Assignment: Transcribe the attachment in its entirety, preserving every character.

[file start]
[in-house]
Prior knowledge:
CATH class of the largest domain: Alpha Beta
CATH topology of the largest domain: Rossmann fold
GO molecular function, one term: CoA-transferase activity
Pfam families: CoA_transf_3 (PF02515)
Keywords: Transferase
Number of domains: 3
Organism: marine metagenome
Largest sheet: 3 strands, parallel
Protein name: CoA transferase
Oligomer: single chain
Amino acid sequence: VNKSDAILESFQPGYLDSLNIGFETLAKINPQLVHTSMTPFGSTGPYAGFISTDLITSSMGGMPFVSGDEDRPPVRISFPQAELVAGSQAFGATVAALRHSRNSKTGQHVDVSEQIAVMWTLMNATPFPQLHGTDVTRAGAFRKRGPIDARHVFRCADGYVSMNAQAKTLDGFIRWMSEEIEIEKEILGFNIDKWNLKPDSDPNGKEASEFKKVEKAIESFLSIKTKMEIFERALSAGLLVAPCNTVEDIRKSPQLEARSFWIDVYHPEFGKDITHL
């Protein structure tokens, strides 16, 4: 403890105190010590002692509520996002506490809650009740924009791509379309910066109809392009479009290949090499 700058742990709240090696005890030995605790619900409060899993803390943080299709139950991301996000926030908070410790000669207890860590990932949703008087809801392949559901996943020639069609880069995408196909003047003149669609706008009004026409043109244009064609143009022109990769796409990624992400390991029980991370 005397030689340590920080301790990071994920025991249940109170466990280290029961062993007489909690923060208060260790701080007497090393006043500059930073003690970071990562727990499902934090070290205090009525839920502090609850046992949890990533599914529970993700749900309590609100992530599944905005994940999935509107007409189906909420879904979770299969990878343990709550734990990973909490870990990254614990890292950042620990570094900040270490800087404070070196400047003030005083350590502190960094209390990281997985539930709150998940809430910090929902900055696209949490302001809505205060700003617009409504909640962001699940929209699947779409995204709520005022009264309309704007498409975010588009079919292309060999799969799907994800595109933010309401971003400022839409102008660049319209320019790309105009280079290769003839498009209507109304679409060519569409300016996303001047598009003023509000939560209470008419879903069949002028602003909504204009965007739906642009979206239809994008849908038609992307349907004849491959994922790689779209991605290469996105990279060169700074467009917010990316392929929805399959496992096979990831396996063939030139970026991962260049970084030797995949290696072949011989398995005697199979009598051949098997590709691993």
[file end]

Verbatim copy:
[in-house]
Prior knowledge:
CATH class of the largest domain: Alpha Beta
CATH topology of the largest domain: Rossmann fold
GO molecular function, one term: CoA-transferase activity
Pfam families: CoA_transf_3 (PF02515)
Keywords: Transferase
Number of domains: 3
Organism: marine metagenome
Largest sheet: 3 strands, parallel
Protein name: CoA transferase
Oligomer: single chain
Amino acid sequence: VNKSDAILESFQPGYLDSLNIGFETLAKINPQLVHTSMTPFGSTGPYAGFISTDLITSSMGGMPFVSGDEDRPPVRISFPQAELVAGSQAFGATVAALRHSRNSKTGQHVDVSEQIAVMWTLMNATPFPQLHGTDVTRAGAFRKRGPIDARHVFRCADGYVSMNAQAKTLDGFIRWMSEEIEIEKEILGFNIDKWNLKPDSDPNGKEASEFKKVEKAIESFLSIKTKMEIFERALSAGLLVAPCNTVEDIRKSPQLEARSFWIDVYHPEFGKDITHL
């Protein structure tokens, strides 16, 4: 403890105190010590002692509520996002506490809650009740924009791509379309910066109809392009479009290949090499 700058742990709240090696005890030995605790619900409060899993803390943080299709139950991301996000926030908070410790000669207890860590990932949703008087809801392949559901996943020639069609880069995408196909003047003149669609706008009004026409043109244009064609143009022109990769796409990624992400390991029980991370 005397030689340590920080301790990071994920025991249940109170466990280290029961062993007489909690923060208060260790701080007497090393006043500059930073003690970071990562727990499902934090070290205090009525839920502090609850046992949890990533599914529970993700749900309590609100992530599944905005994940999935509107007409189906909420879904979770299969990878343990709550734990990973909490870990990254614990890292950042620990570094900040270490800087404070070196400047003030005083350590502190960094209390990281997985539930709150998940809430910090929902900055696209949490302001809505205060700003617009409504909640962001699940929209699947779409995204709520005022009264309309704007498409975010588009079919292309060999799969799907994800595109933010309401971003400022839409102008660049319209320019790309105009280079290769003839498009209507109304679409060519569409300016996303001047598009003023509000939560209470008419879903069949002028602003909504204009965007739906642009979206239809994008849908038609992307349907004849491959994922790689779209991605290469996105990279060169700074467009917010990316392929929805399959496992096979990831396996063939030139970026991962260049970084030797995949290696072949011989398995005697199979009598051949098997590709691993």